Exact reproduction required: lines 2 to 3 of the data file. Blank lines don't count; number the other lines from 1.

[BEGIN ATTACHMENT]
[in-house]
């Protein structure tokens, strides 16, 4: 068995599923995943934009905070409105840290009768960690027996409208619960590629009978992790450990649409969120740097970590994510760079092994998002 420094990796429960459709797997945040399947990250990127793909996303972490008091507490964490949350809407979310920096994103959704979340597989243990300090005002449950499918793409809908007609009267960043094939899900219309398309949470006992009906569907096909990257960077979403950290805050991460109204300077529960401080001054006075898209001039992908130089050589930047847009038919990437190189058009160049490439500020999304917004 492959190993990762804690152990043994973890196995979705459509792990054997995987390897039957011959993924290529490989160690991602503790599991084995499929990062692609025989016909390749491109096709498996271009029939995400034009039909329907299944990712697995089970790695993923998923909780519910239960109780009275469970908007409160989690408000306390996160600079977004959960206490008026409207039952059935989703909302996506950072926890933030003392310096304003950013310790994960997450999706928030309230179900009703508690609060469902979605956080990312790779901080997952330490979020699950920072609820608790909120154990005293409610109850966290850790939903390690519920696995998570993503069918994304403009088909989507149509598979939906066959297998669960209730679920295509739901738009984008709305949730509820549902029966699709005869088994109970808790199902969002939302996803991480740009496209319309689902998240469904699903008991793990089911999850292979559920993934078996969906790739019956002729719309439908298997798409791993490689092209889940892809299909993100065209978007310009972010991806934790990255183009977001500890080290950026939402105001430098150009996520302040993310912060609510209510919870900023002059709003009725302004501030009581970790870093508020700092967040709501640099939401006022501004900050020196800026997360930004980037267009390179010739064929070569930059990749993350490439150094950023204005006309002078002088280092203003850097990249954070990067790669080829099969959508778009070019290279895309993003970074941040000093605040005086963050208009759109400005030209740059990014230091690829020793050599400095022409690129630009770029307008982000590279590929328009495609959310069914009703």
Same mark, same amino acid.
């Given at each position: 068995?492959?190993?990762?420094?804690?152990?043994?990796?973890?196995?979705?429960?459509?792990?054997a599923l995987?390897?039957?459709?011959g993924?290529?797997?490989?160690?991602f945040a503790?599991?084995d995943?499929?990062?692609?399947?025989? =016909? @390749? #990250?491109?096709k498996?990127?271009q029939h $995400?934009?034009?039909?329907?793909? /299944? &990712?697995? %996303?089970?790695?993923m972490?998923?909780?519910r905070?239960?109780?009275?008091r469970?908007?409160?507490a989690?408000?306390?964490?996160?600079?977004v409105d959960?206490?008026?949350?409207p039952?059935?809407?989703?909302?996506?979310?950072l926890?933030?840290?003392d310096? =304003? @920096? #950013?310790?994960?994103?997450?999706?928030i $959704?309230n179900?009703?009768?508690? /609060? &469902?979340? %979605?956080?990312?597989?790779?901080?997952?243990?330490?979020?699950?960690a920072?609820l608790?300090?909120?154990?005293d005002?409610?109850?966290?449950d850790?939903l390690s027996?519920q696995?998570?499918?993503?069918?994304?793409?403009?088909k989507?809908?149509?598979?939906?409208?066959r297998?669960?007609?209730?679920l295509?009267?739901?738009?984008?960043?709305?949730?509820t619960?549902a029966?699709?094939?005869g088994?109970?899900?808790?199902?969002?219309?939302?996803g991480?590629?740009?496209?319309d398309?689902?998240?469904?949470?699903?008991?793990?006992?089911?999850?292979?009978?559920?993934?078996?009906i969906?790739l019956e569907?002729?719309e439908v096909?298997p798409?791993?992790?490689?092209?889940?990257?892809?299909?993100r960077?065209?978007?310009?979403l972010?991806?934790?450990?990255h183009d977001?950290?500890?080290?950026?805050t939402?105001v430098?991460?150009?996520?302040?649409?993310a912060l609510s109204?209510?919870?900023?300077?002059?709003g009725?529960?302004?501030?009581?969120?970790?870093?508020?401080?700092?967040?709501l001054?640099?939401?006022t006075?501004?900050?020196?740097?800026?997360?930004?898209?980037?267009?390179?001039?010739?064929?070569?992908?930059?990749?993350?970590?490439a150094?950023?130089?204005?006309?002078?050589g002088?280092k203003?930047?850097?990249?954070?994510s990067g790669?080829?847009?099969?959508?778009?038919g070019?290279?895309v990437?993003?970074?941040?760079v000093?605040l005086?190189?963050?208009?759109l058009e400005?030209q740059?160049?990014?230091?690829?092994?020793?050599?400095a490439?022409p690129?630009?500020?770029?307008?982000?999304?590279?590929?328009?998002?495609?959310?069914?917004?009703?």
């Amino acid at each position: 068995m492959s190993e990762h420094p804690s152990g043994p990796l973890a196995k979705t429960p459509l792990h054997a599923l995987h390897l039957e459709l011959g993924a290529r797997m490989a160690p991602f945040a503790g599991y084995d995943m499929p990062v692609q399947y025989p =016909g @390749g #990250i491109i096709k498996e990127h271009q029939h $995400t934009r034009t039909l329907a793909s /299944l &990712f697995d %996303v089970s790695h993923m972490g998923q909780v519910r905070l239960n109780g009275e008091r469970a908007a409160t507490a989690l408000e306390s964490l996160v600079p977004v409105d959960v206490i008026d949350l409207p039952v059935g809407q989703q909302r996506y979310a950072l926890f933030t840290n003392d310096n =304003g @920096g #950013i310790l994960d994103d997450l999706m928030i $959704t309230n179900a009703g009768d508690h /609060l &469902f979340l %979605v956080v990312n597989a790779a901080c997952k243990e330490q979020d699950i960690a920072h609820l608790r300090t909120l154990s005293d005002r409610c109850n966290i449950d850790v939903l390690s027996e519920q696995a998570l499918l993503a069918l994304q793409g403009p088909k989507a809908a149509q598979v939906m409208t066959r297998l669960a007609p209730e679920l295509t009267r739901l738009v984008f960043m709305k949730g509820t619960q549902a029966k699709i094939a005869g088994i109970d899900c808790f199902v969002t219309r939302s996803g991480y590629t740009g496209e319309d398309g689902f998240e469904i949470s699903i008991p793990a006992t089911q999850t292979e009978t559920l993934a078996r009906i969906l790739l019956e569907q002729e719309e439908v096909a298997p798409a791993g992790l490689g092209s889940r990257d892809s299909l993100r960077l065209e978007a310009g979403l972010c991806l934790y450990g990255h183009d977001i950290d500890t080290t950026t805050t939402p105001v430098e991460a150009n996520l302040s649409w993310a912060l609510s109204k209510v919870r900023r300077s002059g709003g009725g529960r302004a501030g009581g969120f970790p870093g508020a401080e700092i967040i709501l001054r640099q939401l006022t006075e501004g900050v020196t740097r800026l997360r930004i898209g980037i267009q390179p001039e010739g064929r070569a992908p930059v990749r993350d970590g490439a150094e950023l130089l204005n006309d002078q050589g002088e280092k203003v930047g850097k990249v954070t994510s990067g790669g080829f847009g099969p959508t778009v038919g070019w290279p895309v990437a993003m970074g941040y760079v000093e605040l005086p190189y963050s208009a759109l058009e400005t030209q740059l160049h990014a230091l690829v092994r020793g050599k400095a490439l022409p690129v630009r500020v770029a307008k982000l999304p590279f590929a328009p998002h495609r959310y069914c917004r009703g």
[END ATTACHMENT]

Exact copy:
């Protein structure tokens, strides 16, 4: 068995599923995943934009905070409105840290009768960690027996409208619960590629009978992790450990649409969120740097970590994510760079092994998002 420094990796429960459709797997945040399947990250990127793909996303972490008091507490964490949350809407979310920096994103959704979340597989243990300090005002449950499918793409809908007609009267960043094939899900219309398309949470006992009906569907096909990257960077979403950290805050991460109204300077529960401080001054006075898209001039992908130089050589930047847009038919990437190189058009160049490439500020999304917004 492959190993990762804690152990043994973890196995979705459509792990054997995987390897039957011959993924290529490989160690991602503790599991084995499929990062692609025989016909390749491109096709498996271009029939995400034009039909329907299944990712697995089970790695993923998923909780519910239960109780009275469970908007409160989690408000306390996160600079977004959960206490008026409207039952059935989703909302996506950072926890933030003392310096304003950013310790994960997450999706928030309230179900009703508690609060469902979605956080990312790779901080997952330490979020699950920072609820608790909120154990005293409610109850966290850790939903390690519920696995998570993503069918994304403009088909989507149509598979939906066959297998669960209730679920295509739901738009984008709305949730509820549902029966699709005869088994109970808790199902969002939302996803991480740009496209319309689902998240469904699903008991793990089911999850292979559920993934078996969906790739019956002729719309439908298997798409791993490689092209889940892809299909993100065209978007310009972010991806934790990255183009977001500890080290950026939402105001430098150009996520302040993310912060609510209510919870900023002059709003009725302004501030009581970790870093508020700092967040709501640099939401006022501004900050020196800026997360930004980037267009390179010739064929070569930059990749993350490439150094950023204005006309002078002088280092203003850097990249954070990067790669080829099969959508778009070019290279895309993003970074941040000093605040005086963050208009759109400005030209740059990014230091690829020793050599400095022409690129630009770029307008982000590279590929328009495609959310069914009703």
Same mark, same amino acid.